|Publication number||US4976925 A|
|Application number||US 07/295,061|
|Publication date||Dec 11, 1990|
|Filing date||Jan 6, 1989|
|Priority date||Jan 8, 1988|
|Also published as||CN1035893A, EP0323903A1|
|Publication number||07295061, 295061, US 4976925 A, US 4976925A, US-A-4976925, US4976925 A, US4976925A|
|Inventors||Alain R. Porcher, Jean-Claude Martin|
|Original Assignee||Allflex Europe S.A.|
|Export Citation||BiBTeX, EndNote, RefMan|
|Patent Citations (4), Referenced by (42), Classifications (20), Legal Events (5)|
|External Links: USPTO, USPTO Assignment, Espacenet|
The invention consists of a device designed for single use for the taking of liquid samples.
It is known to provide devices for taking liquid samples, particularly blood, consisting of a sampling tube. This tube slides within a cylinderical mounting closed at one end by a base and fitted with a stopper which makes it watertight and slides within the tube mounting. This stopper is made of a suitable polymeric substance with a diameter slightly greater than the internal diameter of the tube mounting. The sampling tube is introduced by its cap into the tube mounting so that the cap is opposite the closed end of the tube mounting. The closed end has a needle-mounting consisting of a chamfered tube inside the tube mounting for piercing the cap and a needle mounting which projects outside the tube mounting to hold a needle. All of these have a single channel through them to carry the liquid from outside to within the tube mounting and into the sampling tube through its stopper.
To simplify operation, the sampling tube is pushed down at manufacture and kept there by the airtightness between the cap and the sampling tube.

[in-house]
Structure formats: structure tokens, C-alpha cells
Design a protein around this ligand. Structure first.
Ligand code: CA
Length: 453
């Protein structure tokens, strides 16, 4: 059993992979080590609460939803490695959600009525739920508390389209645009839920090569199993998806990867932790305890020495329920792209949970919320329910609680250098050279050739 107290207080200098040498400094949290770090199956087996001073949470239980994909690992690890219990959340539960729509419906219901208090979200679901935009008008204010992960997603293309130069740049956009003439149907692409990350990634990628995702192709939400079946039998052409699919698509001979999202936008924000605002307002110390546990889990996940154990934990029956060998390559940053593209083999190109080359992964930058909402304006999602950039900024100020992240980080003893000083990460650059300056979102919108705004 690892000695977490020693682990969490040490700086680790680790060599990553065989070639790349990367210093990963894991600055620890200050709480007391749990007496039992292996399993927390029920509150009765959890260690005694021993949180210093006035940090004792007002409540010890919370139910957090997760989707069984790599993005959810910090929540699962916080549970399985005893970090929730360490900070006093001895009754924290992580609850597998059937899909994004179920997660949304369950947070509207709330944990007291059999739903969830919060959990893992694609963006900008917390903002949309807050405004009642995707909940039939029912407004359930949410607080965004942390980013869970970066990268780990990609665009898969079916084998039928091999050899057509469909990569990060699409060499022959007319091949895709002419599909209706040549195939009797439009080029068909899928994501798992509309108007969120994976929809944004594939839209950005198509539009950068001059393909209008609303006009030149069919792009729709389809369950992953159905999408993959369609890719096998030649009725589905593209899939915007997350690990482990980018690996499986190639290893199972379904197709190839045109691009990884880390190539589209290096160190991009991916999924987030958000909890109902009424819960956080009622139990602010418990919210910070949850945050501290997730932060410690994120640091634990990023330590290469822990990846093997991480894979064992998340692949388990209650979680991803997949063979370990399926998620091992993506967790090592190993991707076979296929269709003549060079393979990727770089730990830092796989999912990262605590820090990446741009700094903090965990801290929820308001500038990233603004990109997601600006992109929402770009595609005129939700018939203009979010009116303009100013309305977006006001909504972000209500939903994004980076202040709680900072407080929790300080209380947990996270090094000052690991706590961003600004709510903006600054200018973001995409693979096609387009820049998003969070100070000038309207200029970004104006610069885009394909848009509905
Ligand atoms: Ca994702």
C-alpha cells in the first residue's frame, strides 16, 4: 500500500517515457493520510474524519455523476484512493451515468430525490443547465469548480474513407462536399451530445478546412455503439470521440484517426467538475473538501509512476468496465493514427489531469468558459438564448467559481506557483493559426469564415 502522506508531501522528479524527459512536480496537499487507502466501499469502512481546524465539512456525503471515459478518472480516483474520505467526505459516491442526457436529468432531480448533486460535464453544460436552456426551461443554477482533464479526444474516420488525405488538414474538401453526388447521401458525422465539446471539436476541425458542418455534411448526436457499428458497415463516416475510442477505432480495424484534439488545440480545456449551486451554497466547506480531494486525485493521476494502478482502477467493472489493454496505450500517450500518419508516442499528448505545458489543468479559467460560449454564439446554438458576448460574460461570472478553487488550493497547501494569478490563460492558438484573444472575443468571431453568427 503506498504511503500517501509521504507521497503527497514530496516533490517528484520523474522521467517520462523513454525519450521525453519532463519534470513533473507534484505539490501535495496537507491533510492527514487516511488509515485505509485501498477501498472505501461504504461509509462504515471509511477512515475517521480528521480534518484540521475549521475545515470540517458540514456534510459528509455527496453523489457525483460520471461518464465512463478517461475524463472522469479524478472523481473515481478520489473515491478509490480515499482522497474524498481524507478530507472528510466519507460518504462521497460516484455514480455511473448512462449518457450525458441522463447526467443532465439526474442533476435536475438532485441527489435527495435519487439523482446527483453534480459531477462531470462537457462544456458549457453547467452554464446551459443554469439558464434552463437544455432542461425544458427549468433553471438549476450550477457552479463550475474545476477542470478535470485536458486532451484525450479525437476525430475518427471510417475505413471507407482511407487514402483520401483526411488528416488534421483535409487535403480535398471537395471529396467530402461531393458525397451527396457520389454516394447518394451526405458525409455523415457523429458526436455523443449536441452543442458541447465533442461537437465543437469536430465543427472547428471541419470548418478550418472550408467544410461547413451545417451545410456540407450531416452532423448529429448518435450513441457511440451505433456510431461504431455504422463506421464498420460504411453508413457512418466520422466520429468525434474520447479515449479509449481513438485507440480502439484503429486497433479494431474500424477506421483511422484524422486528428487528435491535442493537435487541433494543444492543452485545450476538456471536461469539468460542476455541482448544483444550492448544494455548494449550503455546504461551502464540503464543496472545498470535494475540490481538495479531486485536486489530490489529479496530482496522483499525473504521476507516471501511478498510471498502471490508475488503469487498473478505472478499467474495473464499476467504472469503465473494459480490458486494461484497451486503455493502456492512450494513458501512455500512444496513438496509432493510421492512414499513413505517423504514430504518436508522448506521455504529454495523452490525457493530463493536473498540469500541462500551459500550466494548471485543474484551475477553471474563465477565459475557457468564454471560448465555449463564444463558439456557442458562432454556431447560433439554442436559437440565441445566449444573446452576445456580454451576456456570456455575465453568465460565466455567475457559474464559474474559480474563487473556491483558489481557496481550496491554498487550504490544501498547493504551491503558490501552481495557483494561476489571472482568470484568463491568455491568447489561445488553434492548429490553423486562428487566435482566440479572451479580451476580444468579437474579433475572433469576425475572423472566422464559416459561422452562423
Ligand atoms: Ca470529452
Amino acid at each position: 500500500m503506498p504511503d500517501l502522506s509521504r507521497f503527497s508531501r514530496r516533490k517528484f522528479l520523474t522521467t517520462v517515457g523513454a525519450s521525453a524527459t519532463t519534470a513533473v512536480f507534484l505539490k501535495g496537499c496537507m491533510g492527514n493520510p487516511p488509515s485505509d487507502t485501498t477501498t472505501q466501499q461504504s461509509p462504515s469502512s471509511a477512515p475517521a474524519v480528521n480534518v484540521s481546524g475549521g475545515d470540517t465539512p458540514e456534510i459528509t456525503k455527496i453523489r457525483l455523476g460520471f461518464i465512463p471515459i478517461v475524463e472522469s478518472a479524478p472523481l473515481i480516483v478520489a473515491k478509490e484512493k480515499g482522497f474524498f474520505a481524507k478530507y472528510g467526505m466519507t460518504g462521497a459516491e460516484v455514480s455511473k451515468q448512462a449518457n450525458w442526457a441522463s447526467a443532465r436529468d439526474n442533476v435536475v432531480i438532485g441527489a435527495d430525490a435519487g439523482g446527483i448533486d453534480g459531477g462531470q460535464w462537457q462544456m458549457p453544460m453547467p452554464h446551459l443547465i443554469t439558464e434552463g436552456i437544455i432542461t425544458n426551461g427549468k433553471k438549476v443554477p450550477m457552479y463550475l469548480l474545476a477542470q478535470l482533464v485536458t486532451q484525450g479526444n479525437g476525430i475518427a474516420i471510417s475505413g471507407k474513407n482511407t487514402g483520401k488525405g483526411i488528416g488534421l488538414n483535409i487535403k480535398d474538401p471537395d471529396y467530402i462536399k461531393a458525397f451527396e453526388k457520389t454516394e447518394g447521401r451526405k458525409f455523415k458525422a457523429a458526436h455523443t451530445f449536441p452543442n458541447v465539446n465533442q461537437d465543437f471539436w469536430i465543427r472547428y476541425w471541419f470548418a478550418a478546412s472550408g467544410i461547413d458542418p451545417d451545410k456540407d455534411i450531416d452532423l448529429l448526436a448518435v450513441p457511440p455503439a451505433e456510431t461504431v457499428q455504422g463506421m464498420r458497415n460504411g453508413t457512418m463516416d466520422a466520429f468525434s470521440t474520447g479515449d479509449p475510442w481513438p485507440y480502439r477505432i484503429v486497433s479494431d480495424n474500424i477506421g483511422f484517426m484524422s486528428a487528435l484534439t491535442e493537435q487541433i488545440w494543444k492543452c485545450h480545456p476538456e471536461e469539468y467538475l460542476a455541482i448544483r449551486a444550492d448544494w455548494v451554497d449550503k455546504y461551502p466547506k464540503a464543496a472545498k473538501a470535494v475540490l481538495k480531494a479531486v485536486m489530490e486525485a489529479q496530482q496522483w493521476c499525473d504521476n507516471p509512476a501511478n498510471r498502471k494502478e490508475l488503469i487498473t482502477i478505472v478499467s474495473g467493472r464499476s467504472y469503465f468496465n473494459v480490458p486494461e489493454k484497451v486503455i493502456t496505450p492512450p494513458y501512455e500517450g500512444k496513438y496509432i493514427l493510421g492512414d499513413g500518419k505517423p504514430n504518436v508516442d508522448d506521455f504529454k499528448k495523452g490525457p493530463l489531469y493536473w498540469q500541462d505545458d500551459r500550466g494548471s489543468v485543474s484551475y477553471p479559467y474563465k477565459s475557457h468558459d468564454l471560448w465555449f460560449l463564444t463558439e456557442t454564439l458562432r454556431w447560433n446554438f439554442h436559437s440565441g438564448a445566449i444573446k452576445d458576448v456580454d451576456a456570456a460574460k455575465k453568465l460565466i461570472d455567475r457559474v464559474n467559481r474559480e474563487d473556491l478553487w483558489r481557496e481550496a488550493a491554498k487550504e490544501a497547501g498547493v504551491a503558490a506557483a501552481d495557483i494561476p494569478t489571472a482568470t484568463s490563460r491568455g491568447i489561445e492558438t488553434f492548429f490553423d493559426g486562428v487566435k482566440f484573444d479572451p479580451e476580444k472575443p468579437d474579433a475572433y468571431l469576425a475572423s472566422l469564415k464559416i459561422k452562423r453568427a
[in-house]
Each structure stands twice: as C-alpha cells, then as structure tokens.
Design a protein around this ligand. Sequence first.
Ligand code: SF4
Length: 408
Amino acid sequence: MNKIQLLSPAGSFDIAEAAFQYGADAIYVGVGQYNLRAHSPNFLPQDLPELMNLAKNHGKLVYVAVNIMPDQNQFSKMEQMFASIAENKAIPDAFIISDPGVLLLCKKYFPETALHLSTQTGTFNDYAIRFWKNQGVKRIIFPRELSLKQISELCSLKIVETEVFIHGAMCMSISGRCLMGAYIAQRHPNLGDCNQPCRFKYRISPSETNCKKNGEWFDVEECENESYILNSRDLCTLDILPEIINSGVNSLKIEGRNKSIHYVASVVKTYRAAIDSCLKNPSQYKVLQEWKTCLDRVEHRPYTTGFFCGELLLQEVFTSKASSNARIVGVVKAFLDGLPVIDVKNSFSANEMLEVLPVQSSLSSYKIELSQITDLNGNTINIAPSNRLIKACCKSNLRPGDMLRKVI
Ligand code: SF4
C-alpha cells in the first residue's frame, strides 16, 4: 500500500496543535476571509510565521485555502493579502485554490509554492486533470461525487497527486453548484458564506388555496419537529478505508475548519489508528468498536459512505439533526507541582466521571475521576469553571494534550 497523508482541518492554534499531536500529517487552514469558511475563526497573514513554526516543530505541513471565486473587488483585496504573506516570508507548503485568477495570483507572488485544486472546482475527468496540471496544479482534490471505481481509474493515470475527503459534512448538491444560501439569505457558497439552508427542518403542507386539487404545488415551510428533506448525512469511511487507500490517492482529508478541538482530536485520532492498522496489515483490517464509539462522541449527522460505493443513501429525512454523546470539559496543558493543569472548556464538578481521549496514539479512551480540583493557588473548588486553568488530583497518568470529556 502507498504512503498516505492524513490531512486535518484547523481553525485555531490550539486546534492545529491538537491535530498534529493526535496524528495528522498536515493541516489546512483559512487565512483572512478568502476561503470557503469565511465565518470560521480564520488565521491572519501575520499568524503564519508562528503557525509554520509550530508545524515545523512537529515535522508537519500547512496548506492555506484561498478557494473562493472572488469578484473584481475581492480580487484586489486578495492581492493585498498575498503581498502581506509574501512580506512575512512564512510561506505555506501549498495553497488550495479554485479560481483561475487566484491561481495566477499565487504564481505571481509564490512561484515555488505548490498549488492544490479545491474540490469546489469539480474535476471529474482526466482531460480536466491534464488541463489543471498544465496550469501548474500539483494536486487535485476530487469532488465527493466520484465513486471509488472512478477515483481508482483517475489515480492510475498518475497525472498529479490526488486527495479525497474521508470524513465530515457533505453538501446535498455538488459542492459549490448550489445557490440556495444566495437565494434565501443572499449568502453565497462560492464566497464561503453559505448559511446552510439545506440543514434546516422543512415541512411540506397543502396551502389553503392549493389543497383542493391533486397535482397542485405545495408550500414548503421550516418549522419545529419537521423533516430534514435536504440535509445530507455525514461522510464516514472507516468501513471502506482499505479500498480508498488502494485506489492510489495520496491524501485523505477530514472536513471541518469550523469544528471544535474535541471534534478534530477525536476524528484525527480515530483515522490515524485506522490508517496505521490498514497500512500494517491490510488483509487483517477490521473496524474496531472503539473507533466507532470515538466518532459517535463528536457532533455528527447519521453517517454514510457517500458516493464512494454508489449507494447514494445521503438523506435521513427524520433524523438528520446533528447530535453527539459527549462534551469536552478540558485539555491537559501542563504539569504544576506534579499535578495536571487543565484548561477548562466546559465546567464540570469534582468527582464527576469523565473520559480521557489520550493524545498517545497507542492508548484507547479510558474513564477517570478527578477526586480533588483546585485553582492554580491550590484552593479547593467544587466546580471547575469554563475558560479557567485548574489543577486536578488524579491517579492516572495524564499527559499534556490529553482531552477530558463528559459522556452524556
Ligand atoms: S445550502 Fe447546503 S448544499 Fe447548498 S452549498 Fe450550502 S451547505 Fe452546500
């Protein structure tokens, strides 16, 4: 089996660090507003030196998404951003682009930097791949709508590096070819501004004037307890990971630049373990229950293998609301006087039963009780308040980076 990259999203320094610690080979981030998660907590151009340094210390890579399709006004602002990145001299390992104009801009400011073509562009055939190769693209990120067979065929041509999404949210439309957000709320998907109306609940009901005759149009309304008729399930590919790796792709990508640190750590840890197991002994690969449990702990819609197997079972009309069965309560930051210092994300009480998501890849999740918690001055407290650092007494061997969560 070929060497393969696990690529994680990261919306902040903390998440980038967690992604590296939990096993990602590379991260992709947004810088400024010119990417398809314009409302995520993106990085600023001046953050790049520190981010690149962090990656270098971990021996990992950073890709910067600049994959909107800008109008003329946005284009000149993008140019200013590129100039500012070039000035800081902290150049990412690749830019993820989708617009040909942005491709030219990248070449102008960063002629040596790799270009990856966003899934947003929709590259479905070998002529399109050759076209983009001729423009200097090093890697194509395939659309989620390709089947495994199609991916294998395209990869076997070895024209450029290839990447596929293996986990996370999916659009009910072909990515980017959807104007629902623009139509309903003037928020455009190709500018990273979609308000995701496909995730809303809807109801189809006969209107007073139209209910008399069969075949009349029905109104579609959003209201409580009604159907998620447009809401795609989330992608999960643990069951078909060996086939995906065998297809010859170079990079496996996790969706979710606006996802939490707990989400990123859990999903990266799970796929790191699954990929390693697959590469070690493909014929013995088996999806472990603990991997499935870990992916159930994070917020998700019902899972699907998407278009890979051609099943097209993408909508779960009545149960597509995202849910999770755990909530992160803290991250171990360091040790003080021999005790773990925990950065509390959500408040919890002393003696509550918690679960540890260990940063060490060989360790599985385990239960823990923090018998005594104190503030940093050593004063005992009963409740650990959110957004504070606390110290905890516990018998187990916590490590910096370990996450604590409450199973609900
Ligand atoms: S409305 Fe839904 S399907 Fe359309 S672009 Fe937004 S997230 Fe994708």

These known devices work by piercing, with the mounting needle, at the spot from which liquid is to be drawn, pushing the tube down into the tube so a to pierce the stopper with the chamfered pin thereby causing the liquid to flow into the sampling tube because of the internal vacuum. When sufficient liquid has been drawn off, the sampling tube is drawn back in the tube mounting until the stopper comes free from the chamfered pin, so that no air can enter the sampling tube. The tube support and its needle are then immediately withdrawn.
The sampling tube is removed from the tube mounting for subsequent treatment of the liquid which it contains.
The tube mounting and its needle should then be thrown away, however many are in fact re-used with new sampling tubes. This is especially so in the veterinary area. This can lead to the spread of some diseases and can falsify subsequent analyses.
The aim of this invention is to obviate this unacceptable practice by providing a sampling device which can be used once only. This is achieved by the tube mounting being destroyed at the final stage of the liquid drawing operation.
The device consists of a hollow tube mounting closed at one end by a base which has a needle mounting into which slides a sampling tube fitted with a stopper. The diameter of the stopper in the part which extends beyond the sampling tube is greater than the tube thereby forming a shoulder partially resting on the edge of the sampling tube.